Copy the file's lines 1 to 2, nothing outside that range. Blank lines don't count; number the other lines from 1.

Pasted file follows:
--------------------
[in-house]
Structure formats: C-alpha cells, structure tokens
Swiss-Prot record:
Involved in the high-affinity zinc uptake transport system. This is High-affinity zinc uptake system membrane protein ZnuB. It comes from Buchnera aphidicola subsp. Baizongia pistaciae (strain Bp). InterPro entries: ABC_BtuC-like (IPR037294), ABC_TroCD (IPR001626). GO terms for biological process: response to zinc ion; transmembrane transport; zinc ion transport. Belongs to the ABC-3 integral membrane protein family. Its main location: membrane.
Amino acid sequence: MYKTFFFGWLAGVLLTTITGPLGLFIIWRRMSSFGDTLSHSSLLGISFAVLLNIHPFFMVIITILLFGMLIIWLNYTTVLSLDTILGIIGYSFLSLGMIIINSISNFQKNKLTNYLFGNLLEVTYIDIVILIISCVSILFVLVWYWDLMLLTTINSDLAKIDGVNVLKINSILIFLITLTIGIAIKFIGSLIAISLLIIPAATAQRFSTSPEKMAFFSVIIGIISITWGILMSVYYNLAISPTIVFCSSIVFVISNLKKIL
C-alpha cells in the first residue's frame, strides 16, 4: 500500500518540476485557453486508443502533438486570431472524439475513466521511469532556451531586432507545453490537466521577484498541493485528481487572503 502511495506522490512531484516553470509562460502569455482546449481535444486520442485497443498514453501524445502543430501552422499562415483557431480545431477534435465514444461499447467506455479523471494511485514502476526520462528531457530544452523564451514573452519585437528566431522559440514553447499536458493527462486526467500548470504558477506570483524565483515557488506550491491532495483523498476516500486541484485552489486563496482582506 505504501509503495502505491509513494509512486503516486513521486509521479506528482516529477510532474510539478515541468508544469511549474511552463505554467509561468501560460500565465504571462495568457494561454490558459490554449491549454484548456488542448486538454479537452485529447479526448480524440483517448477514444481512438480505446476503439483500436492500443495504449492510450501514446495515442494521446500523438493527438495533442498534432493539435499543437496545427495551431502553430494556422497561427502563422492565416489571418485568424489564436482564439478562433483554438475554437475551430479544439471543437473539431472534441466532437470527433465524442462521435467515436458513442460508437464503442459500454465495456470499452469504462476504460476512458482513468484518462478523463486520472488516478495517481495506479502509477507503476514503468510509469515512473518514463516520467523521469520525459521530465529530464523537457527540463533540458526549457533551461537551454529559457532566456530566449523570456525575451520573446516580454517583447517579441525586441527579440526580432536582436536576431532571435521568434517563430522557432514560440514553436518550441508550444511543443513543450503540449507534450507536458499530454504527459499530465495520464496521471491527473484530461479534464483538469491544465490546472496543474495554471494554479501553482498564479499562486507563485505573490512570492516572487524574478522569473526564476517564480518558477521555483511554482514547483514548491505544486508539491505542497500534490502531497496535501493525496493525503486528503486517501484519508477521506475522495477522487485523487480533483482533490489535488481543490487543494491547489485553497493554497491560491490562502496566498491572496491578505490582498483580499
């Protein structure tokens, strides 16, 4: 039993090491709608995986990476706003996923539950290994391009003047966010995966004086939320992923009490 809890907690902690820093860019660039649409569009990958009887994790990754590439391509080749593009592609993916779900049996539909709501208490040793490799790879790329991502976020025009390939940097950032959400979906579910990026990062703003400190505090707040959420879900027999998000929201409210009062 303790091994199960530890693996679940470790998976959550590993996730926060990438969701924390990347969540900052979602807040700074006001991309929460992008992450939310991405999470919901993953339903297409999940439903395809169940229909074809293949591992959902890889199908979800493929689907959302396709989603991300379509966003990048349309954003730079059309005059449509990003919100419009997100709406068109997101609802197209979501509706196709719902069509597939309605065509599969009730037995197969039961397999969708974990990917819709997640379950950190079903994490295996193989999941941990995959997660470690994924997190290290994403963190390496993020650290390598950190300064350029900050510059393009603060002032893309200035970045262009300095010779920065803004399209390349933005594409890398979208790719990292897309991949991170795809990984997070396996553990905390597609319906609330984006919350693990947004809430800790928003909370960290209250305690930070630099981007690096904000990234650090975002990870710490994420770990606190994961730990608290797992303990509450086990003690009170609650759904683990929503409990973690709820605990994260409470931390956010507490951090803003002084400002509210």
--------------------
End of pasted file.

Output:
[in-house]
Structure formats: C-alpha cells, structure tokens